We have been using OpenSSH compiled for Interix/SFU/SUA for the last several years. The downside is that OpenSSH doesn't play all that nicely with PowerShell which is an annoyance and it requires the full POSIX subsystem from Services for Unix 3.5 or the Subsystem for Unix Applications (Win2k3 R2 and later).

Years ago we used to use Vandyke and it worked well.

Bitvise WinSSHD is very nice. Supports aes256 and aes128 out of the box. It is not open source but it is free (with AD integration crippled) for personal use and very reasonable $100 USD per server for commercial use. Can be configured to use powershell as the default shell and powershell works correctly. WinSSHD has very granular configuration per-account and per-group and per client IP and per client DNS. There are logon and logoff actions that can be configured per account or group. Supports OpenSSH public key files. Exposes an automation API. Write logs to the Windows event log and/or text file. Still has a small and light service process.

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CopSSH is nice. It wraps a Cygwin OpenSSH in an installer and makes it very quick and easy to get things configured.

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I would use the one from cygwin.

This is not directly answering your question, but I think that SSL is as secure as SSH and you could also use stunnel or socat ( http://www.dest-unreach.org/socat/ ) to open a certifacte-authenticated ssl-encrypted port for remote desktop. Socat would authenticate using ssl client certificates and forward the traffice towards the rdp port. On your machine you would do the same in reverse. The man page has samples for this and socat is available for windows

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I've used Cygwin successfully on many different machines. –  GreenKiwi May 20 '09 at 18:34
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I like OpenSSH but I find it frustrating that it doesn't play nice with nicely with PowerShell. Maybe that's PowerShell's fault but it is still very annoying. You have to do "powershell -noexit -command -" or it will hang loading powershell. And then you get a wierd shell that has no prompt. It seems like the SSH servers designed for Windows that create a Window Station for eahc session don't have this problem. –  Brian Reiter Jun 15 '09 at 21:20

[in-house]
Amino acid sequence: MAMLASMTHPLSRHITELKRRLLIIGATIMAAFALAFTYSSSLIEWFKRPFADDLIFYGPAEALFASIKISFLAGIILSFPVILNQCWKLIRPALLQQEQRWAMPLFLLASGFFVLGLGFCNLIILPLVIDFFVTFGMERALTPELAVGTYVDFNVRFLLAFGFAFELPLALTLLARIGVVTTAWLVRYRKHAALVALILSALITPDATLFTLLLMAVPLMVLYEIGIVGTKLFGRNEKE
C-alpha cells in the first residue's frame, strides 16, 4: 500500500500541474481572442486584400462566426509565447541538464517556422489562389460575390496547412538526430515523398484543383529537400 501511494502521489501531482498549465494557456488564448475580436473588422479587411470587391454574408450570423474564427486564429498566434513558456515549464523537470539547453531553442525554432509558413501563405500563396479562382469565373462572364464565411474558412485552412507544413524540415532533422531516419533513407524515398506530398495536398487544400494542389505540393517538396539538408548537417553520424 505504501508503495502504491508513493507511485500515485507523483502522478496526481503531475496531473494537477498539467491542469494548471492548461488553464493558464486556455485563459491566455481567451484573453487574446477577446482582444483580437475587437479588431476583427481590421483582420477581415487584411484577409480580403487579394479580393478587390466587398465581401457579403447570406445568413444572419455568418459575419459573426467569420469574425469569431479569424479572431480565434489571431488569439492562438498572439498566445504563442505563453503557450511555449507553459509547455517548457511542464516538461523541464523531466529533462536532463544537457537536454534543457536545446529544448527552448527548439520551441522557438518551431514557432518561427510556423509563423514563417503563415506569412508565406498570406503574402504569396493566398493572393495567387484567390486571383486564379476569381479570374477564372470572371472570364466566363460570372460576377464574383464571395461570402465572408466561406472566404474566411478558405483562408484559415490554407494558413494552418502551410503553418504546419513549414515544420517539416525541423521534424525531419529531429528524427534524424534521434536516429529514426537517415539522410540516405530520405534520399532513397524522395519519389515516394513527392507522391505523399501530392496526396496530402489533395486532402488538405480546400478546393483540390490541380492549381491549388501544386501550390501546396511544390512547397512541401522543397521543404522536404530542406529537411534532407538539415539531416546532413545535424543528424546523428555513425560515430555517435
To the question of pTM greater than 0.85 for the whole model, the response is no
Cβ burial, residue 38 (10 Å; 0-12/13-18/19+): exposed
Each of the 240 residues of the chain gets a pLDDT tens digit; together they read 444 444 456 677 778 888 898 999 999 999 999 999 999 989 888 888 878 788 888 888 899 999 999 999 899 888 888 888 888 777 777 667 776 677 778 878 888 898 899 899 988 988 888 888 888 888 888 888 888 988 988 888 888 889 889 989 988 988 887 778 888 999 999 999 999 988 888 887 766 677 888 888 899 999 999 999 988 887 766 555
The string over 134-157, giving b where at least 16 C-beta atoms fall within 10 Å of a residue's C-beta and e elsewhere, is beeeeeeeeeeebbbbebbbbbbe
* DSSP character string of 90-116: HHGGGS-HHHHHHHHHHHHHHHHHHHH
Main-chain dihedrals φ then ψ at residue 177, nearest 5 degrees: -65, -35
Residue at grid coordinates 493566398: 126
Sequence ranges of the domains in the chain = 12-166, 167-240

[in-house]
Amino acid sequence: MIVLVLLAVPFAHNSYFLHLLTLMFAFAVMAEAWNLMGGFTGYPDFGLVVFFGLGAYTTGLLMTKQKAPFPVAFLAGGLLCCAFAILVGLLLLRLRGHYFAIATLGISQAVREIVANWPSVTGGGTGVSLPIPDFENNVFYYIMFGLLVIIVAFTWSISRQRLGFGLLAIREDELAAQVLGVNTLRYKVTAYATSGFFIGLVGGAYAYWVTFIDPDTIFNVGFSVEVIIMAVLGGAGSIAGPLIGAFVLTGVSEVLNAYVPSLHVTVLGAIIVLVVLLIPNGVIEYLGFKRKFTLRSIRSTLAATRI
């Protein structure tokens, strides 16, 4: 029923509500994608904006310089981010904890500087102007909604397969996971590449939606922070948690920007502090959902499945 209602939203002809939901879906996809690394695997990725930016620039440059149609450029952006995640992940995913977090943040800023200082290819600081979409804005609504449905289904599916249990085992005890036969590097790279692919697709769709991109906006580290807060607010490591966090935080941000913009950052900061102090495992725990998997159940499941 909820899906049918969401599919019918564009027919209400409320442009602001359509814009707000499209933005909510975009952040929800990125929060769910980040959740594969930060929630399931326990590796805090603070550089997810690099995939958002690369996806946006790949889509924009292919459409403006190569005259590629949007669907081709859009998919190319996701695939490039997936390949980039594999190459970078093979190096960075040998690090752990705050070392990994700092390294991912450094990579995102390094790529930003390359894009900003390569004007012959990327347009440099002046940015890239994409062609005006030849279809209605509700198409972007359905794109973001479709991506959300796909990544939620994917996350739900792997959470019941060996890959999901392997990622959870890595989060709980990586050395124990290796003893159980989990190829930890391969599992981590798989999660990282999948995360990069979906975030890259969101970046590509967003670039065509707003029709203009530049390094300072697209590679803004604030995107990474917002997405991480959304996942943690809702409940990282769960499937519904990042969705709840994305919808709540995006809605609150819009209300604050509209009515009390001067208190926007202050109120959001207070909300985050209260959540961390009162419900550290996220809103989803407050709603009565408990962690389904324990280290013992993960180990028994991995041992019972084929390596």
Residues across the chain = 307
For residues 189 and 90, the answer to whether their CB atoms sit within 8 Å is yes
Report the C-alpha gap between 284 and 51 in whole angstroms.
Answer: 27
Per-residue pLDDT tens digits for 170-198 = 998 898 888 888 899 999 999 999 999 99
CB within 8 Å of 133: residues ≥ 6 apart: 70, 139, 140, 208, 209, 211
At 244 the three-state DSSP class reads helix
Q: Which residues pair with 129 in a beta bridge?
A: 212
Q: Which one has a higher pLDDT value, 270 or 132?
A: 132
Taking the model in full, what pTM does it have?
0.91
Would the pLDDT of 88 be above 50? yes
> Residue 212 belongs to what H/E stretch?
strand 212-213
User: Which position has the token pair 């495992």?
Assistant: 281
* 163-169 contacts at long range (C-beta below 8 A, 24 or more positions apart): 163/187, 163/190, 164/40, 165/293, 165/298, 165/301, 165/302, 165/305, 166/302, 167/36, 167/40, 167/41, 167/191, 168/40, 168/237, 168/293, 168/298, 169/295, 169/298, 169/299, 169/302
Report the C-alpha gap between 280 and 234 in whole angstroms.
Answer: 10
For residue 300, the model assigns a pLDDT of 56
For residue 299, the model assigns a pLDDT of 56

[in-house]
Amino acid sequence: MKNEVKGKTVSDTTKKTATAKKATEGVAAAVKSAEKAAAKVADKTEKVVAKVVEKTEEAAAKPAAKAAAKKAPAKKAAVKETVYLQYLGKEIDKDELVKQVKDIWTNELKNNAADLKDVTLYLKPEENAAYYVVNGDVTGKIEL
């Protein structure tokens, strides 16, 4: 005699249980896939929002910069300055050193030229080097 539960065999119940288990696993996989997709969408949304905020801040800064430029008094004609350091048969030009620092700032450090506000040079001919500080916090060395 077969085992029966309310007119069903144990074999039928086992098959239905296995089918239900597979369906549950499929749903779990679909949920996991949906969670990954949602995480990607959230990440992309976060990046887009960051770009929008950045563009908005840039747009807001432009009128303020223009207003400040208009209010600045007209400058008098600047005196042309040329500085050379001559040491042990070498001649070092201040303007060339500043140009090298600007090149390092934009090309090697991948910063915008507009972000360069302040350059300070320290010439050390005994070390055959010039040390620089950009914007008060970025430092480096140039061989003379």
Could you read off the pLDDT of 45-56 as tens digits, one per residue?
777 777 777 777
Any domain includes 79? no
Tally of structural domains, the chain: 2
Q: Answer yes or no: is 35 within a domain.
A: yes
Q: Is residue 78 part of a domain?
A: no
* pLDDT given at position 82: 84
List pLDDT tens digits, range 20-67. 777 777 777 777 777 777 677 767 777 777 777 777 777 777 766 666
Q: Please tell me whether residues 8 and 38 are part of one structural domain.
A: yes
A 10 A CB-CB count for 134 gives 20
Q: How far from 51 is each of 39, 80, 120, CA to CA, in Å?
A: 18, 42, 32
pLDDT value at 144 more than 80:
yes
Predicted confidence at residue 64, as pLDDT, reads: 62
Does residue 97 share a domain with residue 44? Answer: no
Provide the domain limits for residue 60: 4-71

After trying most of the free suggestions in this thread (KpyM lacks documentation, FreeSSHd will not launch even when run as administrator, OpenSSH is hard to configure), Cygwin was the only one I got working successfully. It also helps that there are plenty of tutorials for it, like this one –  Pakman 2 days ago
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One option is OpenSSH for Windows:

OpenSSH for Windows is a free package that installs a minimal OpenSSH server and client utilities in the Cygwin package without needing the full Cygwin installation.

The OpenSSH for Windows package provides full SSH/SCP/SFTP support. SSH terminal support provides a familiar Windows Command prompt, while retaining Unix/Cygwin-style paths for SCP and SFTP.

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any security concerns with this one? the sourceforge project hasn't been updated since 2004 –  russau Oct 1 '10 at 6:48
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I have always had good experiences with Van Dyke's software (they make IMO the best Windows SSH client). For Windows SSH server use, they have what they call VShell Server.

http://www.vandyke.com/products/vshell/index.html

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Personally, I'd avoid the Cygwin variants. I've had problems with OpenSSH running as a service blocking windows updates. Fine for non-production servers, but not something you want to rely on for your remote access solution if you're trying to apply those very updates.

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I have found FortressSSH to be a fast and reliable solution. They have even been through Microsoft certification for Windows

http://pragmasys.com/FortressSSHServer.asp

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At $700 + maintenance, it's expensive, but you can't argue with FIPS-140-2 certification. These guys seem to know what they're doing :-) –  Alan Donnelly Nov 14 '12 at 7:13